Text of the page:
Monday, 07 November 2016 23:02

ACMA reviewing rules on telemarketing, research calls


The Australian Communications and Media Authority is considering possible changes to the rules and regulations governing telemarketing and research calls, including providing greater clarity to assist consumers receiving the calls.

The ACMA issued a discussion paper on Monday seeking public feedback on a number of proposed changes including a requirement that the name of the calling company be provided at the start of the call – and removing requirements on industry that have been identified as realising “little or no consumer benefit”.

Legislation covering current standards for telemarketing  are “sunsetting” in the New Year and must be remade before they  lapse on 1 April 2017.

The acting ACMA Chairman Richard Bean says the standard provides some important and long-standing community safeguards in relation to telemarketing and research industry calls and the authority welcomes views from interested parties in relation to the continued application of the safeguards and the proposed changes.

Bean says there has been recent public debate about parties exempt from the obligations contained in the Do Not Call Register Act 2006 (DNCR), including about telemarketing by registered charities.

“Under legislative provisions, the Industry Standard is restricted to the specific areas noted above and does not provide an opportunity to contemplate broader issues. The ACMA will refer any submissions made about other important issues to the Department of Communications and the Arts.”

The Industry Standard places specific obligations on industry and provides consumers with the minimum levels of conduct that they can expect from all telemarketers, including in relation to permitted calling times and when a call must be terminated.

This means that even if a particular entity, such as a charitable organisation, is exempt from the requirements of the DNCR Act and therefore able to call numbers listed on the register, it must still meet the requirements contained in the Industry Standard.

Different rules can apply depending upon whether a call is a research call or a telemarketing call, but in general:

•    A call is a research call if one of its purposes is to conduct opinion polling or standard questionnaire-based research

•    A call is a telemarketing call if one of its purposes is to offer to supply, or to advertise or promote, goods or services, or an interest in land, or a business or investment opportunity, or to advertise or promote a supplier of any of the above, or to solicit donations.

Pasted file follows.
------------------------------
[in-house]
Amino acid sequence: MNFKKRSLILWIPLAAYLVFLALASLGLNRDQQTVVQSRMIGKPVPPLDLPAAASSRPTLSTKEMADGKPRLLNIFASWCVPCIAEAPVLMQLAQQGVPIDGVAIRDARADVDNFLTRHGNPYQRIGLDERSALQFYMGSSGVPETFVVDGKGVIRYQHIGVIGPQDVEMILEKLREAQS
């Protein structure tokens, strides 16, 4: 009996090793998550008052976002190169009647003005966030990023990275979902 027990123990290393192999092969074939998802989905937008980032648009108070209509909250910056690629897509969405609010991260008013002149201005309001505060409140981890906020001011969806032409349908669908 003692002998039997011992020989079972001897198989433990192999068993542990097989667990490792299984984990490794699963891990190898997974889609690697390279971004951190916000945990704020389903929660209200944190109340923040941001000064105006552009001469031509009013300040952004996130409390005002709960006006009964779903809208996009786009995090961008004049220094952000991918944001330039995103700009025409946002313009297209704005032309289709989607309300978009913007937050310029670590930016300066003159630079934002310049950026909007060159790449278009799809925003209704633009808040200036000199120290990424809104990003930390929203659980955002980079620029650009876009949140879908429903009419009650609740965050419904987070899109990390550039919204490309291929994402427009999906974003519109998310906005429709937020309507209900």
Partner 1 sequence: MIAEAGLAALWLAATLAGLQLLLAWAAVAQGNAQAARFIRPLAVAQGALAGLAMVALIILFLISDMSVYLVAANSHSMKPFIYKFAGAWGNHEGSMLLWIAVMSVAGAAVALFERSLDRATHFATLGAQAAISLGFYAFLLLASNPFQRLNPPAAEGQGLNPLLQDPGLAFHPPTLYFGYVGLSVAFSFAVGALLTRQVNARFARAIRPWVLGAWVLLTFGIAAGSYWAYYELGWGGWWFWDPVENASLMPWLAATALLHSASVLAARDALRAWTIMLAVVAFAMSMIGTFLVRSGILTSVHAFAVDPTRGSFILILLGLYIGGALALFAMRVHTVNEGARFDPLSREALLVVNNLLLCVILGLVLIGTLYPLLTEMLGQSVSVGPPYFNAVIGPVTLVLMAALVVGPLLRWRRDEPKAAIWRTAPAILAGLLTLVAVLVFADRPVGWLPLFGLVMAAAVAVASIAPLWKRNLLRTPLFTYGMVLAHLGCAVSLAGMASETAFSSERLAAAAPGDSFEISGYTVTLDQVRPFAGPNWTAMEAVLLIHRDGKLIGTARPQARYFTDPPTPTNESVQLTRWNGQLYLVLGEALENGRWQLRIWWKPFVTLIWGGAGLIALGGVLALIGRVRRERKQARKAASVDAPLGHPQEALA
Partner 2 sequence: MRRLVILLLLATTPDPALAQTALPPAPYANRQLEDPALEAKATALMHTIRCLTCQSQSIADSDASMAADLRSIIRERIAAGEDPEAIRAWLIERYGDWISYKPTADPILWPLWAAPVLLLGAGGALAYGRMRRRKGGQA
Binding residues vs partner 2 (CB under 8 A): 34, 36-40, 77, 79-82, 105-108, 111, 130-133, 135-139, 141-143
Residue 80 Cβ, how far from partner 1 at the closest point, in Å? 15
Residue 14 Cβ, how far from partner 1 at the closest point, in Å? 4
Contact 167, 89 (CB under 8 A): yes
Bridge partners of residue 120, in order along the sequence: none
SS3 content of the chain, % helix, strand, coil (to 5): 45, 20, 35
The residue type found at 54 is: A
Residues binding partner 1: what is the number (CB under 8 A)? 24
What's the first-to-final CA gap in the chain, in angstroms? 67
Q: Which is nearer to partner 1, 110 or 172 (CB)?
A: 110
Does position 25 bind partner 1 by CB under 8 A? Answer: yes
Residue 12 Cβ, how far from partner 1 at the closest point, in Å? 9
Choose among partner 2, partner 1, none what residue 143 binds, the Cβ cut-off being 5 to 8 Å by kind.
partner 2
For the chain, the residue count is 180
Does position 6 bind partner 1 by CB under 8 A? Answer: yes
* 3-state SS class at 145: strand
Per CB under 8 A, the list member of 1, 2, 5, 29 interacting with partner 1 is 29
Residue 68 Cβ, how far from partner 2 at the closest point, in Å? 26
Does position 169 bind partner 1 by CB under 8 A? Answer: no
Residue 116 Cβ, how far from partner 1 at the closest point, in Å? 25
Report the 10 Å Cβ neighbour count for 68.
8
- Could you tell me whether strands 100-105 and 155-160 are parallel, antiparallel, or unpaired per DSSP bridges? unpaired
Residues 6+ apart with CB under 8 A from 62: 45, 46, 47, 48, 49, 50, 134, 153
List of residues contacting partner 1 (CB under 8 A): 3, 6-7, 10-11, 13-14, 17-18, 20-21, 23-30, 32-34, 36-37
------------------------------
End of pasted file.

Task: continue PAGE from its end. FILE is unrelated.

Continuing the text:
And, telemarketers and researchers are not able to call people during certain times, unless the consumer has consented to being called at that time.

Times when calls are not to be made:

And, telemarketers and researchers are not able to call people during certain times, unless the consumer has consented to being called at that time.

Times when calls are not to be made:

Research calls Telemarketing calls
Weekdays Before 9.00 am or after 8.30 pm Before 9.00 am or after 8.00 pm
Saturday Before 9.00 am or after 5.00 pm Before 9.00 am or after 5.00 pm
Sunday Before 9.00 am or after 5.00 pm Calls prohibited
National Public Holidays Calls prohibited Calls prohibited

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Peter Dinham

Peter Dinham - retired and is a "volunteer" writer for iTWire. He is a veteran journalist and corporate communications consultant. He has worked as a journalist in all forms of media – newspapers/magazines, radio, television, press agency and now, online – including with the Canberra Times, The Examiner (Tasmania), the ABC and AAP-Reuters. As a freelance journalist he also had articles published in Australian and overseas magazines. He worked in the corporate communications/public relations sector, in-house with an airline, and as a senior executive in Australia of the world’s largest communications consultancy, Burson-Marsteller. He also ran his own communications consultancy and was a co-founder in Australia of the global photographic agency, the Image Bank (now Getty Images).

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